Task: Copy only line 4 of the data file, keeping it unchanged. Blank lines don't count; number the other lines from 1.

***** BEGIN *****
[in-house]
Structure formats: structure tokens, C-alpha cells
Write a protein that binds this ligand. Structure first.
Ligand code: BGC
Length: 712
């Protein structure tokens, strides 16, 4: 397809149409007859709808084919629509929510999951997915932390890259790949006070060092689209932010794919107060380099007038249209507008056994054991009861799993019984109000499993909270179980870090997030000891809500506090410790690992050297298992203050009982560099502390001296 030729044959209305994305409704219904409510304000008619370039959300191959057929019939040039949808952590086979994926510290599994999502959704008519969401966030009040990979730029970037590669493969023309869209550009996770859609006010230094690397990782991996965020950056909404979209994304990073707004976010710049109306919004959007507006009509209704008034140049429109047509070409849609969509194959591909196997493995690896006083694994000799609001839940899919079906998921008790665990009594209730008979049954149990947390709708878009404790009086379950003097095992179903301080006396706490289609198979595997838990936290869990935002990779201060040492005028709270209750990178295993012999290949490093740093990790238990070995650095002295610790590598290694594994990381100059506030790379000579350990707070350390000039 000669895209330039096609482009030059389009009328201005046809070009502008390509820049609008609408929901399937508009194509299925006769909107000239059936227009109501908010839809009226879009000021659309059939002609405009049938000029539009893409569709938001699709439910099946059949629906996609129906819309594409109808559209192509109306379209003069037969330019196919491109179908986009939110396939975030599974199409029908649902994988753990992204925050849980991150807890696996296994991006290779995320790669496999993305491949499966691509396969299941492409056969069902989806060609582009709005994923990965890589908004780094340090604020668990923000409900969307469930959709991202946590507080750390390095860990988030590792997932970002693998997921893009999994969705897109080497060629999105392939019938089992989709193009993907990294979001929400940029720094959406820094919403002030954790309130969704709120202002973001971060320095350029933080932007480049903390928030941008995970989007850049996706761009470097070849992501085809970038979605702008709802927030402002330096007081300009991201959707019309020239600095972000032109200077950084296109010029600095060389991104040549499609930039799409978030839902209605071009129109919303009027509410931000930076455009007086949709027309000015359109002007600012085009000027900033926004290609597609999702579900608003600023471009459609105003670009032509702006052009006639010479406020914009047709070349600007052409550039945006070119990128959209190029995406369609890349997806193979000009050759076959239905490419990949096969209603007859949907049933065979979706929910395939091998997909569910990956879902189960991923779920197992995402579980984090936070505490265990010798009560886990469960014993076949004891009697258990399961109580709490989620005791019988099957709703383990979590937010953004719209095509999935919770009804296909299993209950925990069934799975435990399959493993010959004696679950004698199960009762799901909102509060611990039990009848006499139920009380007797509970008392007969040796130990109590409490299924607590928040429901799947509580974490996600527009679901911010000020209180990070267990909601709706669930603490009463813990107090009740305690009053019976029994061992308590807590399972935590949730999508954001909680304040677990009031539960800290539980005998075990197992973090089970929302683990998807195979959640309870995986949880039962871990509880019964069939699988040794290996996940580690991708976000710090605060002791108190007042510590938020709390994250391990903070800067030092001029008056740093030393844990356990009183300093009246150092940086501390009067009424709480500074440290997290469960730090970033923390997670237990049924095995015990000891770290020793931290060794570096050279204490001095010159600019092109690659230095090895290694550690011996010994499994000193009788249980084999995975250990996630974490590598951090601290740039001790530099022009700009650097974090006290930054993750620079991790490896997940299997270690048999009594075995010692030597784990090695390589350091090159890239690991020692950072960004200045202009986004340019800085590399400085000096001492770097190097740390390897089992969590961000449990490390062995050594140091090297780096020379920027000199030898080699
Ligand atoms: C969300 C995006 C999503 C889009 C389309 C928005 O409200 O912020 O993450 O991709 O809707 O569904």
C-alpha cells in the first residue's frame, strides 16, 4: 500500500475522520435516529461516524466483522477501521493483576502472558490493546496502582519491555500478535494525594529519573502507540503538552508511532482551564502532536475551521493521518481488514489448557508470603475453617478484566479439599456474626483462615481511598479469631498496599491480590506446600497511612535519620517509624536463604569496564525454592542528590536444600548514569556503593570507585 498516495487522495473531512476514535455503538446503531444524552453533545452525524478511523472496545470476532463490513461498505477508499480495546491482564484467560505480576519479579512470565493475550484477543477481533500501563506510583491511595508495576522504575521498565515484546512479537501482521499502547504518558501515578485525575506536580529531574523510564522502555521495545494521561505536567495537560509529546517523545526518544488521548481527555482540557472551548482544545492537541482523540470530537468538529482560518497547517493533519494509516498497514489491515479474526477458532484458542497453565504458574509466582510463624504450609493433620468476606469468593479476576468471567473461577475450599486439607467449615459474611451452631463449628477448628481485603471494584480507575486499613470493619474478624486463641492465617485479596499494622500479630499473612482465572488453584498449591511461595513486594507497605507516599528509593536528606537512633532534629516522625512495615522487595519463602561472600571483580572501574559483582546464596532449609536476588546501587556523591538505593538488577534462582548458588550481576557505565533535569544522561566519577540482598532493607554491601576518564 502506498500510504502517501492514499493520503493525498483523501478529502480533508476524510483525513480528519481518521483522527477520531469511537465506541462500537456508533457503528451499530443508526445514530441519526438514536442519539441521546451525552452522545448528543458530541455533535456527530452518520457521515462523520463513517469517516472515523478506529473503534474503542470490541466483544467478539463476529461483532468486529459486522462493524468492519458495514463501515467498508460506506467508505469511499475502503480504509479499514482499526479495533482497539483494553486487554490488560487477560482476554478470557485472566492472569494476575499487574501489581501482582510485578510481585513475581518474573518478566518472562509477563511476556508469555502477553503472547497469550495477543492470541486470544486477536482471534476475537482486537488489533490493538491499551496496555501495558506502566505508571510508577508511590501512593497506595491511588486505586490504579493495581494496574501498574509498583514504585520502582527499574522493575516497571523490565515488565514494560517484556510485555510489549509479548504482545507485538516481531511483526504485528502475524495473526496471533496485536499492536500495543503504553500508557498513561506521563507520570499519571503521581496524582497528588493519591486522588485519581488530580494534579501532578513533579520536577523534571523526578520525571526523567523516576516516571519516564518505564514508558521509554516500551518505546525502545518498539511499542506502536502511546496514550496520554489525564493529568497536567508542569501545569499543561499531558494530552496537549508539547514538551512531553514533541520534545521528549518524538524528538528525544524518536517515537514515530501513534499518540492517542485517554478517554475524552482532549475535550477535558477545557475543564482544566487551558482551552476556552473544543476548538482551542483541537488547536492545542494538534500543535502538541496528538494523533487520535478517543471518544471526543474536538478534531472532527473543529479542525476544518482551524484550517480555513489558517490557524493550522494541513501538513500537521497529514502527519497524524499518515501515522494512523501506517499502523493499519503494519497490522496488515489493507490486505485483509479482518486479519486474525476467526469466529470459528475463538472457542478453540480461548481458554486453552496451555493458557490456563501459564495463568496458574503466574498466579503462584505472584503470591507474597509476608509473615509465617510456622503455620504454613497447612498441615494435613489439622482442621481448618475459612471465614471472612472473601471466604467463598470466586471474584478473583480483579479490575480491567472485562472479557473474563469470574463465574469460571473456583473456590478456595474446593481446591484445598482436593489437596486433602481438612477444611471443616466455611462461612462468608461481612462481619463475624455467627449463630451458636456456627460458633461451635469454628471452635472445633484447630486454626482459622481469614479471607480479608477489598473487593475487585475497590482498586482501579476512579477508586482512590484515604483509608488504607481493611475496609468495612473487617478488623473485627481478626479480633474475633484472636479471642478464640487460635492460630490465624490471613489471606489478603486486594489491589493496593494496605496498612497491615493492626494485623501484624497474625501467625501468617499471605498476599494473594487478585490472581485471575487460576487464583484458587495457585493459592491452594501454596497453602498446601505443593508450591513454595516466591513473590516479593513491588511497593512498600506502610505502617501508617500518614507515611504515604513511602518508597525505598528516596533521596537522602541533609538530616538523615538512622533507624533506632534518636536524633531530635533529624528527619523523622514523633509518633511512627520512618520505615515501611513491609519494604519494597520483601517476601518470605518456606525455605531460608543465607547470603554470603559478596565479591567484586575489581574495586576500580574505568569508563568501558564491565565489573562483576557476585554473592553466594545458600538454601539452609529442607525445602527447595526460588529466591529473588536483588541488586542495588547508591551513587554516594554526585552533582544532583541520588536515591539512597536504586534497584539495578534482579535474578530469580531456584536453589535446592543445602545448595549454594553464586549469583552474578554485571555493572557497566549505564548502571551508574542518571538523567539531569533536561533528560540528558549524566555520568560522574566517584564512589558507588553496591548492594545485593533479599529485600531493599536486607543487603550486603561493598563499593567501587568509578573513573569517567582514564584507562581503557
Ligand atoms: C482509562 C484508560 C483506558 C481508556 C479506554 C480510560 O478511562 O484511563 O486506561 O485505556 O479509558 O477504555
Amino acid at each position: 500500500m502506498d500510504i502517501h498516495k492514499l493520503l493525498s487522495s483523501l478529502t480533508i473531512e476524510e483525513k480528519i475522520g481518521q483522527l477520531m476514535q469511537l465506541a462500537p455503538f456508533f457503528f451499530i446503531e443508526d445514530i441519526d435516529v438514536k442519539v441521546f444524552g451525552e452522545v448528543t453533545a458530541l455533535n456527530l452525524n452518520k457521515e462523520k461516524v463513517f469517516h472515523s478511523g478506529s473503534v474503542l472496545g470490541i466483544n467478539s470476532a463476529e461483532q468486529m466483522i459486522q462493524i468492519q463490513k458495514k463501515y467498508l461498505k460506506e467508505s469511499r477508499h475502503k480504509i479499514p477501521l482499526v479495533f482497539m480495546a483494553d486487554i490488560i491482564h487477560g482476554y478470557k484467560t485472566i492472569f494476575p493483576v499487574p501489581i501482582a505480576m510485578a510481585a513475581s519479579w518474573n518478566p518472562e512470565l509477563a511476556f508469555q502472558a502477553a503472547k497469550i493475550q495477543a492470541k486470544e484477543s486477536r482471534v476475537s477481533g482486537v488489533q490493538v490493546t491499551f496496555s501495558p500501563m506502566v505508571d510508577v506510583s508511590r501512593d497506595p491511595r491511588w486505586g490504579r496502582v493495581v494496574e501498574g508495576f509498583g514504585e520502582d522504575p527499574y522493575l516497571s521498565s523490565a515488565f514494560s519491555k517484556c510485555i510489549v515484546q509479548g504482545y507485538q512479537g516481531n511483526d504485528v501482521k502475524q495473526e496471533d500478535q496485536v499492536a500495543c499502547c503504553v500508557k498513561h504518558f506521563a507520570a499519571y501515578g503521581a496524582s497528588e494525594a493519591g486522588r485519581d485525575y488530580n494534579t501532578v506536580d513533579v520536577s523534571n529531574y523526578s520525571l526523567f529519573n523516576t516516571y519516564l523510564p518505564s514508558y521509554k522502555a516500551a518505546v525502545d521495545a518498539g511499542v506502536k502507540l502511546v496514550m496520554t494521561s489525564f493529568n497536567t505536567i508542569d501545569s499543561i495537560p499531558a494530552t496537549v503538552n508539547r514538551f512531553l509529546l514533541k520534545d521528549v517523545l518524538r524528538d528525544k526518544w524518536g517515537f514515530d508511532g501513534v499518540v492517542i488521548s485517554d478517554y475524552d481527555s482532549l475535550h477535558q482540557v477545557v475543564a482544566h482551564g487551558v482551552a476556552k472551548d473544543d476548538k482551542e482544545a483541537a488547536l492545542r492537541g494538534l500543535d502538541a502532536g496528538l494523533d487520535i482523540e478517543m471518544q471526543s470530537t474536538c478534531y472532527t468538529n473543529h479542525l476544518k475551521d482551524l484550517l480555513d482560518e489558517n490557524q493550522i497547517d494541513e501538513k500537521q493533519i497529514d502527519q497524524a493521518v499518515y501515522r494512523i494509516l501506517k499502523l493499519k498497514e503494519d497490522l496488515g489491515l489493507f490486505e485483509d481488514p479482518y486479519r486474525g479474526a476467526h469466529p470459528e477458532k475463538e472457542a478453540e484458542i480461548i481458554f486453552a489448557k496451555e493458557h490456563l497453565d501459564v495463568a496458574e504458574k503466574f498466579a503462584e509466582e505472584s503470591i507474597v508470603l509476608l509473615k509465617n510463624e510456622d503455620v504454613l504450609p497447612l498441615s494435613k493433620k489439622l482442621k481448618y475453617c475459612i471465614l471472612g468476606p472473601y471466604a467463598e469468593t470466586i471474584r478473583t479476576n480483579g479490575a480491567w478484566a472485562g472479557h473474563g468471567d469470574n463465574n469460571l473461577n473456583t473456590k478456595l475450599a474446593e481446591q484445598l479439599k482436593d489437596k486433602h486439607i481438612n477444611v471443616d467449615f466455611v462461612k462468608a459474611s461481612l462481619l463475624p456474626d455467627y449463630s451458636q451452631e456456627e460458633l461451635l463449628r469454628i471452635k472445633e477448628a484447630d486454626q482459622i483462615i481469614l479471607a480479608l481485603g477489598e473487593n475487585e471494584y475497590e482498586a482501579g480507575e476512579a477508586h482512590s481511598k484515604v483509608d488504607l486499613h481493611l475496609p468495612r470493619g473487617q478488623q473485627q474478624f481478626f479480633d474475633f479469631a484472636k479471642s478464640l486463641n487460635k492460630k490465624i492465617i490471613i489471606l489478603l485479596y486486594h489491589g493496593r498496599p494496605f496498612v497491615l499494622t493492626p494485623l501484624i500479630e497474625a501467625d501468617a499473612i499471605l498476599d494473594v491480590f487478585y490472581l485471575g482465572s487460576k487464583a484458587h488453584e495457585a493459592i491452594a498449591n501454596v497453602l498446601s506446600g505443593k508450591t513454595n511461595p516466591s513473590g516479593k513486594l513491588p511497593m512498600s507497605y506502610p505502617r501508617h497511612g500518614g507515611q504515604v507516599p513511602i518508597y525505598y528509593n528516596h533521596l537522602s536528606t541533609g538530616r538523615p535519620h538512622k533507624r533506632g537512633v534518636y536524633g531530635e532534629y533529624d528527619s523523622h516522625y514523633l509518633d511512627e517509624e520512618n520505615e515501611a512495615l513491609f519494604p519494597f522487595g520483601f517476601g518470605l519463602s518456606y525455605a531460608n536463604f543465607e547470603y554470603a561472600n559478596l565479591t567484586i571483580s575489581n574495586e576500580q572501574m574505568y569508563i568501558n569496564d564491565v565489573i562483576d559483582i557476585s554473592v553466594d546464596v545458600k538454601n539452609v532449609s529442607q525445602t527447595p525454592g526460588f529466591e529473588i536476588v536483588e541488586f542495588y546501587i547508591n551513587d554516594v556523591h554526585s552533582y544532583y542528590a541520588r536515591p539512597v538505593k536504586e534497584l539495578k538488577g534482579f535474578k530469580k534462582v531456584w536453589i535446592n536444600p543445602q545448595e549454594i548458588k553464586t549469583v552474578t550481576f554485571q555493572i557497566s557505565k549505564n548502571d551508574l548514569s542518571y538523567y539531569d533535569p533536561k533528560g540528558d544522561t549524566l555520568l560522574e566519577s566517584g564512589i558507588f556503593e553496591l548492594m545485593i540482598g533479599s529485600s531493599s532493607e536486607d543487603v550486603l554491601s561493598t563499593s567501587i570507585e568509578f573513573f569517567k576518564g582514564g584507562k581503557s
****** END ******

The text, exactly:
Ligand code: BGC